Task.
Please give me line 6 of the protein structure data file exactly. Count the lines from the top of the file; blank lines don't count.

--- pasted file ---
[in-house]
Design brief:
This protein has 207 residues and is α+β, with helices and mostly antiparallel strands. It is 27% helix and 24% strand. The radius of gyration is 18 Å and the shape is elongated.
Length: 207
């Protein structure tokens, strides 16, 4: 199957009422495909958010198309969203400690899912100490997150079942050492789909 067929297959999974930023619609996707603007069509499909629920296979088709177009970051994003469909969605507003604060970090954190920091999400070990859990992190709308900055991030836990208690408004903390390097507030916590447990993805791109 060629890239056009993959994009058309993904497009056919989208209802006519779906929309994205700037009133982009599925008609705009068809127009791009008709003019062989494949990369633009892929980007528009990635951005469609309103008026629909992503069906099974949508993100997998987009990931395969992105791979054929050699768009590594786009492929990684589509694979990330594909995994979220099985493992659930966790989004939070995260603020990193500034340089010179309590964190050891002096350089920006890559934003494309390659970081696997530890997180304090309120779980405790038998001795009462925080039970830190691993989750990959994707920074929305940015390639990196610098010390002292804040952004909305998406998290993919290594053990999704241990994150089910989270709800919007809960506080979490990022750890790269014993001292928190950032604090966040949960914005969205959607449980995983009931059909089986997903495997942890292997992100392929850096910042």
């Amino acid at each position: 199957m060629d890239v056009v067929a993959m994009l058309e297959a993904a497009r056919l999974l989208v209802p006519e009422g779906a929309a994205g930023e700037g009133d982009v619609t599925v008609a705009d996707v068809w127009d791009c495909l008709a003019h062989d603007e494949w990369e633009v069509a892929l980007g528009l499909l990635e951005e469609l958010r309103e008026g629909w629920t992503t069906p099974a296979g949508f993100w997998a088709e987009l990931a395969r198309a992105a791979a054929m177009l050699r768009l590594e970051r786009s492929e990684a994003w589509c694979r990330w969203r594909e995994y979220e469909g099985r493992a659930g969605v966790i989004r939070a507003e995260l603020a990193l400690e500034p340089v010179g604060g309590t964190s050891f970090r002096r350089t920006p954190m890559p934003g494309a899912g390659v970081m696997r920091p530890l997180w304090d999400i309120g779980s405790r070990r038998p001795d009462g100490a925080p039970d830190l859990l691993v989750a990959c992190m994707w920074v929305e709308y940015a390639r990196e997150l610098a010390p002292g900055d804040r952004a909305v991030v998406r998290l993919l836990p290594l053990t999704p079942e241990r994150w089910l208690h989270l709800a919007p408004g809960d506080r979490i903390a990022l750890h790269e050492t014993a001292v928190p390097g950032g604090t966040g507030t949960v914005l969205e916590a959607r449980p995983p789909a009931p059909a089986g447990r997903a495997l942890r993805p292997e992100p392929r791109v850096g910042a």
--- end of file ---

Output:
């Amino acid at each position: 199957m060629d890239v056009v067929a993959m994009l058309e297959a993904a497009r056919l999974l989208v209802p006519e009422g779906a929309a994205g930023e700037g009133d982009v619609t599925v008609a705009d996707v068809w127009d791009c495909l008709a003019h062989d603007e494949w990369e633009v069509a892929l980007g528009l499909l990635e951005e469609l958010r309103e008026g629909w629920t992503t069906p099974a296979g949508f993100w997998a088709e987009l990931a395969r198309a992105a791979a054929m177009l050699r768009l590594e970051r786009s492929e990684a994003w589509c694979r990330w969203r594909e995994y979220e469909g099985r493992a659930g969605v966790i989004r939070a507003e995260l603020a990193l400690e500034p340089v010179g604060g309590t964190s050891f970090r002096r350089t920006p954190m890559p934003g494309a899912g390659v970081m696997r920091p530890l997180w304090d999400i309120g779980s405790r070990r038998p001795d009462g100490a925080p039970d830190l859990l691993v989750a990959c992190m994707w920074v929305e709308y940015a390639r990196e997150l610098a010390p002292g900055d804040r952004a909305v991030v998406r998290l993919l836990p290594l053990t999704p079942e241990r994150w089910l208690h989270l709800a919007p408004g809960d506080r979490i903390a990022l750890h790269e050492t014993a001292v928190p390097g950032g604090t966040g507030t949960v914005l969205e916590a959607r449980p995983p789909a009931p059909a089986g447990r997903a495997l942890r993805p292997e992100p392929r791109v850096g910042a």